We all know that men are from Mars and women are from Venus. Obviously, those relationships are complex. By the same token if all women come from the same planet our relationships with our girlfriends should be easy.
Then why aren’t they?
Why are some single moms so mean to other single moms? After all, we’re not only from the same planet, we actually come from the same tribe!
Well, Wired writer, researcher and founder of bakadesuyou.com, Eric Barker reported that relationships are both cooperative and competitive.
Baker states that, “We work together with the ones we love, but we also have a bit of rivalry going on at times. It’s natural, but difficult.” This leads to envy and schadenfreude. Schadenfreude means taking pleasure in another’s misfortune. Cool word not such a cool action.
In a neuroscience study led by Hidehiko Takahashi of Japan’s National Institute of Radiological Sciences, he found that the experience of schadenfreude is more pronounced the more similar the person experiencing the misfortune is to us. A clear indication as to why the competition between single moms is inevitable. Certainly is one good reason Jen was so mean to single mom, Taylor, in the new novel “My Lover’s Keeper.
Unfortunately, schadenfreude can hurt the relationships we should be cherishing and supporting. So how can we make sure those people feel more like we’re on their side, and less like a rival to be outdone?
Research has 5 solutions
1. Be a Screw Up
If your life seems too perfect it will make other single moms resent you because they won’t trust you. Research shows that people who inspire the most trust are those who are warm and competent. And it turns out that people who screw up seem more approachable or warm. To address this issue try something new that your friend might be better at than you, like tennis or pilates. Or be open about your flubs. Post some of your more vulnerable moments on FB or Instagram.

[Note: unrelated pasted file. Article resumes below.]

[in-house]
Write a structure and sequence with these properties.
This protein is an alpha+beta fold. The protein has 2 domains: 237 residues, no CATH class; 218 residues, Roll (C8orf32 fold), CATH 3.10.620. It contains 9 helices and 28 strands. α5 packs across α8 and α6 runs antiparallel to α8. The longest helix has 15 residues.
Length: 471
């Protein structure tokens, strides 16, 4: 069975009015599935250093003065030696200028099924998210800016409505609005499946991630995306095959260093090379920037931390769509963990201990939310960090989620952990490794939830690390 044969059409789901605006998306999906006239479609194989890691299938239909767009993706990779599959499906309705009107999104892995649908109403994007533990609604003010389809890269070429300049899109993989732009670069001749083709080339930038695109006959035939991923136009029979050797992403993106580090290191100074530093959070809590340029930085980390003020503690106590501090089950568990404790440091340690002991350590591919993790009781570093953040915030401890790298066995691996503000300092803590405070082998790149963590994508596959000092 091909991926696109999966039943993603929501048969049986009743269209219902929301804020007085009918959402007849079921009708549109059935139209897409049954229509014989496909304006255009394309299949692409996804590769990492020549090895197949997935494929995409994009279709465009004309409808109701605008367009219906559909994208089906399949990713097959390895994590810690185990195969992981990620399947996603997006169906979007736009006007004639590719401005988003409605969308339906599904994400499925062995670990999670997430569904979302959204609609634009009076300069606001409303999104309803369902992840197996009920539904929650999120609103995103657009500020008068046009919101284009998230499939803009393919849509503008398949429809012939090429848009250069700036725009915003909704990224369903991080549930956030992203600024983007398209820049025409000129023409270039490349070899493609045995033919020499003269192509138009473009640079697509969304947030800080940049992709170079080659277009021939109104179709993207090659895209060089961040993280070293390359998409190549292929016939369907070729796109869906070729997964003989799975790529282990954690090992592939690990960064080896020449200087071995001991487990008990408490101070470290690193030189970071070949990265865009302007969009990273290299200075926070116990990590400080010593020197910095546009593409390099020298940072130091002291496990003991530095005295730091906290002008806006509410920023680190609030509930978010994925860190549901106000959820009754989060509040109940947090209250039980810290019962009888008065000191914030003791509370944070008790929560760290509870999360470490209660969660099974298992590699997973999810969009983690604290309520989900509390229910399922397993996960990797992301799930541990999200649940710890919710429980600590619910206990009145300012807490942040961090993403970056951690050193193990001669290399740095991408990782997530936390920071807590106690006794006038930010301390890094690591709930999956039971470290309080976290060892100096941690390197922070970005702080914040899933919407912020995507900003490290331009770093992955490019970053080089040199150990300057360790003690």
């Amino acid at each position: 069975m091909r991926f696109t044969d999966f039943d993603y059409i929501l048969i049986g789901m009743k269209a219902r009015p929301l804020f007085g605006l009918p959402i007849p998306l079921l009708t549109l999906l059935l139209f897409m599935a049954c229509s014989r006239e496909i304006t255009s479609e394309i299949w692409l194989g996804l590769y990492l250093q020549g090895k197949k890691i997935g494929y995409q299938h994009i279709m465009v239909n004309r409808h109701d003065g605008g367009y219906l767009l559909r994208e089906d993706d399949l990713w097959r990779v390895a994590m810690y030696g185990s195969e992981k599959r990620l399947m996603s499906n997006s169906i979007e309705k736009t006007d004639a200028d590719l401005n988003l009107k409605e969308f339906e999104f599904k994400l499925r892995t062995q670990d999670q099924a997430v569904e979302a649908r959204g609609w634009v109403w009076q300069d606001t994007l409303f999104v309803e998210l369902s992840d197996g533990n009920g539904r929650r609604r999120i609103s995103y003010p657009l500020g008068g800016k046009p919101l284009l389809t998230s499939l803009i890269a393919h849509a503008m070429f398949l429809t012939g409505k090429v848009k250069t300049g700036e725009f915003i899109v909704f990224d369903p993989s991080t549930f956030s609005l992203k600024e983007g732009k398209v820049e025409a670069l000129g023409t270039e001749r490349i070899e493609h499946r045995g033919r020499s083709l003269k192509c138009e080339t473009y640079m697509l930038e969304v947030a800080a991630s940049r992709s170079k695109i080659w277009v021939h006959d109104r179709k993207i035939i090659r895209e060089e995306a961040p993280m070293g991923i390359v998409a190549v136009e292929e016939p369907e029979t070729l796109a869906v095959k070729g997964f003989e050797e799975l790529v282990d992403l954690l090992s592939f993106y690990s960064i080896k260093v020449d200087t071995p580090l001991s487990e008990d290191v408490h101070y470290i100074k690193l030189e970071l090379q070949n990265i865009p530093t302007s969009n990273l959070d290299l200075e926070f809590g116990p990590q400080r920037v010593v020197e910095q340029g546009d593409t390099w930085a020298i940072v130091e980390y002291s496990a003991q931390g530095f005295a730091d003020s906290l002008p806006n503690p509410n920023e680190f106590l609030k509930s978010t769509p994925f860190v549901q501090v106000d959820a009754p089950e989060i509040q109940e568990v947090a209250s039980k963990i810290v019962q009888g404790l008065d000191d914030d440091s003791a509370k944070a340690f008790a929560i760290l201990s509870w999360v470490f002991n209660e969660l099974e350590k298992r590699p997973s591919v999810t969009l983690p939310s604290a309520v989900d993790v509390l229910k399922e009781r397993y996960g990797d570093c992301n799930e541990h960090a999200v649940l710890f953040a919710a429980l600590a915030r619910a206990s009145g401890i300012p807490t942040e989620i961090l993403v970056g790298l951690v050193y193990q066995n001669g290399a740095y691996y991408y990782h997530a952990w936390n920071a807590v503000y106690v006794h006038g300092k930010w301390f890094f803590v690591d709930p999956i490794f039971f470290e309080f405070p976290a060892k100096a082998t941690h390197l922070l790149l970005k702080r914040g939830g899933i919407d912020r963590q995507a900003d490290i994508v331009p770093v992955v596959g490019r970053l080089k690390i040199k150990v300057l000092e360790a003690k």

2. Ask a Silly Question
Research found that regardless of how silly the question, or comment, as long as it conveyed care and concern, it boosted perceptions of warmth and increased trust. For example, simply inquiring ”Is this a good time to talk?” increased compliance with requests.
3. Imitation is the Sincerest form of Flattery
Even though it didn’t work so well with your older sibling, when you were little, it is complementary in friendships. Sitting like they do, folding your hands like they do, etc. helps us truly understand what another person is experiencing.
4. Ask For Advice
Asking for advice is a powerful way to get other people to understand your perspective. Katie Liljenquist of Brigham Young University’s Marriott School found that when we ask others for advice, they will put themselves in our shoes and look at the world from our vantage point. And asking for advice signals respect, so you’ve have just flattered your girlfriend by seeking her advice.
5. Apologize The Right Way
There are many ways to apologize, but one that works the best is to promise to change. Barker’s research found that a promise to change had the most impact on how much trust a subject placed in her friend in subsequent rounds of the experiment. So whenever you feel reluctant to apologize, a good tip is to try focusing on what results you want to achieve versus who is right or wrong.
Any one or all 5 of these can be employed in your girlfriend relationships for a change. Give them a try and let me know how it works! I love to hear from you!